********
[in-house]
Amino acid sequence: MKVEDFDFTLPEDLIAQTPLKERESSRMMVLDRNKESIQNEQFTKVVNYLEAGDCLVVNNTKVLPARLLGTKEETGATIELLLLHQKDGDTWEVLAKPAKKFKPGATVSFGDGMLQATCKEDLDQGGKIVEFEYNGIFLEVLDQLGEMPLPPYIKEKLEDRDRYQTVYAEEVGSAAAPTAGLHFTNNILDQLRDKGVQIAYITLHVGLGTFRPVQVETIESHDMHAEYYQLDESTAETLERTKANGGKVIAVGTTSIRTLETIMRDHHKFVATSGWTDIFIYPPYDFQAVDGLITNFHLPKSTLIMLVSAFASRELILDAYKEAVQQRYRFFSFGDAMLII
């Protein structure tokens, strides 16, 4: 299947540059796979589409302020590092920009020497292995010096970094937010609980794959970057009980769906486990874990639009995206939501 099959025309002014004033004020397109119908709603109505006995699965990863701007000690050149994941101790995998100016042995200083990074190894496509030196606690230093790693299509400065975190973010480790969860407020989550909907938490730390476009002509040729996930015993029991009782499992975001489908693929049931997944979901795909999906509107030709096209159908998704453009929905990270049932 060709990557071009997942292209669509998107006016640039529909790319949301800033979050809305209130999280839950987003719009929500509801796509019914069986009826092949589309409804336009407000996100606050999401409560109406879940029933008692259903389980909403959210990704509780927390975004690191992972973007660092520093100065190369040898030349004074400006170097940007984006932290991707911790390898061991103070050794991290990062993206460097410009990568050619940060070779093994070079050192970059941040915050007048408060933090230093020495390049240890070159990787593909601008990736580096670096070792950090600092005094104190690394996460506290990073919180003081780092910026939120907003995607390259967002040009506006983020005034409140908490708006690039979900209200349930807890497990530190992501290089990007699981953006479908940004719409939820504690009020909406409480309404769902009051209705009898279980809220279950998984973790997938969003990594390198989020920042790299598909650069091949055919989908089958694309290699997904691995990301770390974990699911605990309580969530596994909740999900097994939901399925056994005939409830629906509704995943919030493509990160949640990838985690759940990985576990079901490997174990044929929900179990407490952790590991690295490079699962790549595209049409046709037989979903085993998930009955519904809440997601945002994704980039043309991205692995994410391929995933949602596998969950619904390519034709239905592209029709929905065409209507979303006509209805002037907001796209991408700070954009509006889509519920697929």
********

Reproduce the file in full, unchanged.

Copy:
[in-house]
Amino acid sequence: MKVEDFDFTLPEDLIAQTPLKERESSRMMVLDRNKESIQNEQFTKVVNYLEAGDCLVVNNTKVLPARLLGTKEETGATIELLLLHQKDGDTWEVLAKPAKKFKPGATVSFGDGMLQATCKEDLDQGGKIVEFEYNGIFLEVLDQLGEMPLPPYIKEKLEDRDRYQTVYAEEVGSAAAPTAGLHFTNNILDQLRDKGVQIAYITLHVGLGTFRPVQVETIESHDMHAEYYQLDESTAETLERTKANGGKVIAVGTTSIRTLETIMRDHHKFVATSGWTDIFIYPPYDFQAVDGLITNFHLPKSTLIMLVSAFASRELILDAYKEAVQQRYRFFSFGDAMLII
């Protein structure tokens, strides 16, 4: 299947540059796979589409302020590092920009020497292995010096970094937010609980794959970057009980769906486990874990639009995206939501 099959025309002014004033004020397109119908709603109505006995699965990863701007000690050149994941101790995998100016042995200083990074190894496509030196606690230093790693299509400065975190973010480790969860407020989550909907938490730390476009002509040729996930015993029991009782499992975001489908693929049931997944979901795909999906509107030709096209159908998704453009929905990270049932 060709990557071009997942292209669509998107006016640039529909790319949301800033979050809305209130999280839950987003719009929500509801796509019914069986009826092949589309409804336009407000996100606050999401409560109406879940029933008692259903389980909403959210990704509780927390975004690191992972973007660092520093100065190369040898030349004074400006170097940007984006932290991707911790390898061991103070050794991290990062993206460097410009990568050619940060070779093994070079050192970059941040915050007048408060933090230093020495390049240890070159990787593909601008990736580096670096070792950090600092005094104190690394996460506290990073919180003081780092910026939120907003995607390259967002040009506006983020005034409140908490708006690039979900209200349930807890497990530190992501290089990007699981953006479908940004719409939820504690009020909406409480309404769902009051209705009898279980809220279950998984973790997938969003990594390198989020920042790299598909650069091949055919989908089958694309290699997904691995990301770390974990699911605990309580969530596994909740999900097994939901399925056994005939409830629906509704995943919030493509990160949640990838985690759940990985576990079901490997174990044929929900179990407490952790590991690295490079699962790549595209049409046709037989979903085993998930009955519904809440997601945002994704980039043309991205692995994410391929995933949602596998969950619904390519034709239905592209029709929905065409209507979303006509209805002037907001796209991408700070954009509006889509519920697929």